Hale Champion, who as a senior member of Gov. Pat Brown's administration helped craft major public programs in California during a period of tremendous growth in the 1960s, died of prostate cancer Wednesday at a hospital in Cambridge, Mass. He was 85.
Champion entered public service in 1958 as press secretary to then newly elected Gov. Brown. He went on to become Brown's executive secretary and finance director and played a major role in shaping such policies as the Master Plan for Higher Education, which defined the missions of California's three tiers of public postsecondary education. He wrangled with the Legislature over other keystones of the Brown years, including the expansion of the freeway system and the building of the California aqueduct.
"He was a smart guy, a very congenial guy," Brown's son, Jerry, the former governor and current California attorney general, said Friday. "He was . . . one of two or three key players in my father's governorship."
Although a skilled political manager and policy advisor, Champion garnered his biggest headlines as the victim of a random crime in 1965 when he, his wife and young daughter were kidnapped from their Sacramento home by a pair of Oregon felons. The kidnapping triggered a massive manhunt and car chase along the California-Nevada border; the hostages were released two days later.
Born in Coldwater, Mich., on Aug. 27, 1922, he served in the Army during World War II, cutting short his education at the University of Michigan. After completing his military duty, he earned a bachelor's degree in English from Stanford University, where he studied under novelist Wallace Stegner and met his wife, Marie Ozine Tifft.
After college, Champion went to work as a political reporter for the San Francisco Chronicle and was assigned to cover the 1958 governor's race between Brown, the Democratic nominee, and Republican U.S. Sen. William F. Knowland.
An article he wrote after the election defining the issues facing Brown caught the eye of the governor-elect, who hired Champion as his press secretary.
Champion became a valued advisor and was quickly promoted.
He had been state finance director for four years when two heavily armed ex-convicts, who were unaware of Champion's government position, broke into his home on July 7, 1965.
Champion, his wife and their 19-month-old daughter were released two days later after Champion sustained a minor wound in an exchange of gunfire at a gas station in Tonopah, Nev.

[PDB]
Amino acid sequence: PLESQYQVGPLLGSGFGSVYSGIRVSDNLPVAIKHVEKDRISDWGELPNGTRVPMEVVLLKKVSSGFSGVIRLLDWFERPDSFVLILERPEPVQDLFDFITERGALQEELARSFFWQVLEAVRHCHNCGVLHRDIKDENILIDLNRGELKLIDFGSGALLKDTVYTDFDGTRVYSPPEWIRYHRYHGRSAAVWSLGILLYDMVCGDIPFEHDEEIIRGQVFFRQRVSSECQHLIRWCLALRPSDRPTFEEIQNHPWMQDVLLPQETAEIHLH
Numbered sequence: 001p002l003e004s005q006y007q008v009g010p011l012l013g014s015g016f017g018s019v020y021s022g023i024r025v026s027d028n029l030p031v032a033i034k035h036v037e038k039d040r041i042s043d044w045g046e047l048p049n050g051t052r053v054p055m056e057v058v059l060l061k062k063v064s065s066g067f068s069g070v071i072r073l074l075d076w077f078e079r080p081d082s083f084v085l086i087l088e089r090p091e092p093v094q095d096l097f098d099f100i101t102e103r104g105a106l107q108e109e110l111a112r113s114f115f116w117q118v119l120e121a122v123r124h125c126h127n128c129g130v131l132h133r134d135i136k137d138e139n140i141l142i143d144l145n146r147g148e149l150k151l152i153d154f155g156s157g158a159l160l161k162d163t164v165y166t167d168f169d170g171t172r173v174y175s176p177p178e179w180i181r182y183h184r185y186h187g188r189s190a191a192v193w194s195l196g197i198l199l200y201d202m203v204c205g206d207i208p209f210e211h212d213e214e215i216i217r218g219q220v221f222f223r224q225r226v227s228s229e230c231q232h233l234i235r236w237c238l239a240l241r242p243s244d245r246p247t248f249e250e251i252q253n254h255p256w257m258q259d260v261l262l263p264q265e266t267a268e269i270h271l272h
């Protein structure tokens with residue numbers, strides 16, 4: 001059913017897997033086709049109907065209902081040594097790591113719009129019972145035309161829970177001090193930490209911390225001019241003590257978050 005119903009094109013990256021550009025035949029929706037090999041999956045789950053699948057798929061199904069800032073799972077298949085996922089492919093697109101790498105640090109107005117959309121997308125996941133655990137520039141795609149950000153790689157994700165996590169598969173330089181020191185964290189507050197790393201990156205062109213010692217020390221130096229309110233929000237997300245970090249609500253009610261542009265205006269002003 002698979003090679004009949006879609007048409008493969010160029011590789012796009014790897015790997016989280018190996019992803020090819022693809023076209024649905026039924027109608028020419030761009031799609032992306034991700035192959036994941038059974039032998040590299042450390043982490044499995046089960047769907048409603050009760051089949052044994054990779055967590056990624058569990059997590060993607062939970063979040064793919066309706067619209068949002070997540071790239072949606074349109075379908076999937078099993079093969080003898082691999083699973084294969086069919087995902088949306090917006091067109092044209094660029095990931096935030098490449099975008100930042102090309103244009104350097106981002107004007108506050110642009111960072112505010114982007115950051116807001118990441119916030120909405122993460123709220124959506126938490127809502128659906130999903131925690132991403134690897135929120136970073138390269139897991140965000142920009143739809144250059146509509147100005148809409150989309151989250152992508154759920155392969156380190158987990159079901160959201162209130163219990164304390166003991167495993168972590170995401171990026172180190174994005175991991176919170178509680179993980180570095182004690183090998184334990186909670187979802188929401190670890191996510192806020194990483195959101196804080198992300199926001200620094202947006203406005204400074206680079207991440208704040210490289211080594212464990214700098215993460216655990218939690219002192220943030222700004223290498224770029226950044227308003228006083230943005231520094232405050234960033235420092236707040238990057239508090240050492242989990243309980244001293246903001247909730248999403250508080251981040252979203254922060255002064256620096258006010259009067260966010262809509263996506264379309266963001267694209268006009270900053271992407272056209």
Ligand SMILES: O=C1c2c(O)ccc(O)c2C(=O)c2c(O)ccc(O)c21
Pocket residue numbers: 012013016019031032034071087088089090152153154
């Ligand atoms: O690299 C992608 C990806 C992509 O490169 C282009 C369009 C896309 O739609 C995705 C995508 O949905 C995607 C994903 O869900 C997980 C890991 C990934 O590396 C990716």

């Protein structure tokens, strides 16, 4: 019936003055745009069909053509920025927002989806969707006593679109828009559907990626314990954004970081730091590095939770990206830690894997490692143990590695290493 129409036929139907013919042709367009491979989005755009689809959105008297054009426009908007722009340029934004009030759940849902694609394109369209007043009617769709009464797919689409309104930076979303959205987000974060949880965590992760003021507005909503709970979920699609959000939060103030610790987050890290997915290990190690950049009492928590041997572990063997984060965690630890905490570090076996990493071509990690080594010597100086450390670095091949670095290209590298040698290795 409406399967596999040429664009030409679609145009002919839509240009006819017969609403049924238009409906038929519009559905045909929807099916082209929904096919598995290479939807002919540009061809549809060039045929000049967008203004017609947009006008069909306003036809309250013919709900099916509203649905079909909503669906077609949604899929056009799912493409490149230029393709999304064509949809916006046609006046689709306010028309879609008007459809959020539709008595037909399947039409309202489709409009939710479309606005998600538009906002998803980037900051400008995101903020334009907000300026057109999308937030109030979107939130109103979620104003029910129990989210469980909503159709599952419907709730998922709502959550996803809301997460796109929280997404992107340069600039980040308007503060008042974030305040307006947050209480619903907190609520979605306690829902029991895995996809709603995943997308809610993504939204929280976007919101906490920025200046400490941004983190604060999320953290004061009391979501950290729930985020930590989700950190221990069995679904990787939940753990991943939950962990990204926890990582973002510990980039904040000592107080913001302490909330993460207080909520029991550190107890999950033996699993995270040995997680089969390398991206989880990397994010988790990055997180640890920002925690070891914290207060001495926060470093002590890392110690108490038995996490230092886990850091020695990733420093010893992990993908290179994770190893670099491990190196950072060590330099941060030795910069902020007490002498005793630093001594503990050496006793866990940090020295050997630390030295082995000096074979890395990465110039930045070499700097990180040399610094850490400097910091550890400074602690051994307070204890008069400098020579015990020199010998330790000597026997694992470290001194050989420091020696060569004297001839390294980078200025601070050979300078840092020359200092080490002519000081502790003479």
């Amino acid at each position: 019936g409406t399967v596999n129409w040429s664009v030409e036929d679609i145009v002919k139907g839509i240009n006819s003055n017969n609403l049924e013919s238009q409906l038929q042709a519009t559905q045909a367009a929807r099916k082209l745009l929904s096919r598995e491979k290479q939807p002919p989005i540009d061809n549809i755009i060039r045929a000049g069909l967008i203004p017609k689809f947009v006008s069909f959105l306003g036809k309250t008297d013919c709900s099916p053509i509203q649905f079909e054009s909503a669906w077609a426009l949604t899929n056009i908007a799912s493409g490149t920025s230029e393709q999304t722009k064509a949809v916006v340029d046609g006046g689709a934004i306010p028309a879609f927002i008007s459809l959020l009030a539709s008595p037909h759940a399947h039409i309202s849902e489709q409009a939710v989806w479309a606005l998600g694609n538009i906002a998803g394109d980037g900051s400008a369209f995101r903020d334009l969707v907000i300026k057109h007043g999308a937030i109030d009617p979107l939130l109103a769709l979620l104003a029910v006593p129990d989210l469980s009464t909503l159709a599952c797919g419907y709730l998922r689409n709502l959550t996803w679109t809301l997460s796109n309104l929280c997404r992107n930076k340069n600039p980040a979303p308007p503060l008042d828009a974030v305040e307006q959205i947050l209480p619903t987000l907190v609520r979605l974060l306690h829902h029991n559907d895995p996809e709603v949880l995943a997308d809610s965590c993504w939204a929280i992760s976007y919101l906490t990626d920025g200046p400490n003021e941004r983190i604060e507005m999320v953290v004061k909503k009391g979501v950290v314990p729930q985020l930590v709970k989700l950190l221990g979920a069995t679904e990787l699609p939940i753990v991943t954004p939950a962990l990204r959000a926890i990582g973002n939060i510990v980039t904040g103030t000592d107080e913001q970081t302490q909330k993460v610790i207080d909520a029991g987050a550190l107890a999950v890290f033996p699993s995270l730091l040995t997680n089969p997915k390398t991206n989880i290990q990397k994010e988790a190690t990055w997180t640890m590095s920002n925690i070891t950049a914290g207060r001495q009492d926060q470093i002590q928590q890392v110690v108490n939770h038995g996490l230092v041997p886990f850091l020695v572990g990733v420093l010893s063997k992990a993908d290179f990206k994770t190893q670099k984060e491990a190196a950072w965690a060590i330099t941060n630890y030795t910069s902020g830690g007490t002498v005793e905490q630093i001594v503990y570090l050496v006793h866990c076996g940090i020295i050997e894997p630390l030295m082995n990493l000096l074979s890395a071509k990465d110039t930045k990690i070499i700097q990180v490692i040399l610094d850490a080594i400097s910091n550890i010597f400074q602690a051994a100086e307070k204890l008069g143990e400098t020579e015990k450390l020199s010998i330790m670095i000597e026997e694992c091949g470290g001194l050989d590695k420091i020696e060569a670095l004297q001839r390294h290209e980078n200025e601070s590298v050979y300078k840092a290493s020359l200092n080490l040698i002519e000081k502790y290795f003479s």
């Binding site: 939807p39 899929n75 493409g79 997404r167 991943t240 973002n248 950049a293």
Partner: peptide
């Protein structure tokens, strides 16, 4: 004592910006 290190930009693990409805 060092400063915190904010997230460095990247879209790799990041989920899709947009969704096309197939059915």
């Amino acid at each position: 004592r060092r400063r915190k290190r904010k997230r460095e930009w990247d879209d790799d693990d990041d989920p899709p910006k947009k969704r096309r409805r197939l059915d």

According to Champion's son, Thomas, who was sleeping unnoticed on the porch when the ex-cons broke in, the kidnapping was "never a very important episode in family history."
His father was "much more focused on the work" and later often joked that he was "treated worse in the Capitol" than he had been by his kidnappers.
A month after the kidnapping, the Watts riots exploded in Los Angeles. Champion tracked down Gov. Brown, who was on a trip in Athens, and briefed him on the tensions arising from a confrontation between a black motorist and police on a South Los Angeles street.
After Brown left the governor's office, Champion headed east to serve as a Kennedy Fellow at Harvard University's Institute of Politics.
Calling himself "an inside man" who was more concerned with building institutions and managing them well than with reaping public glory, he filled a variety of high-level posts over the next 30 years.
He spent much of the 1970s as Harvard's vice president for financial affairs. Later he served as executive dean of its John F. Kennedy School of Government and brought many politicians to the school to teach.
He earned a reputation as a shrewd manager as undersecretary of health, education and welfare from 1977 to 1979 under President Carter.
In the late 1980s, when Massachusetts Gov. Michael Dukakis was running for president on the Democratic ticket, Champion was his chief of staff.
He later returned to Harvard to teach, retiring in 1995.
He spent his last years as primary caregiver for his wife, who has Alzheimer's disease, his son said.
He is also survived by a daughter, Katherine Champion Murphy, three grandchildren and a sister.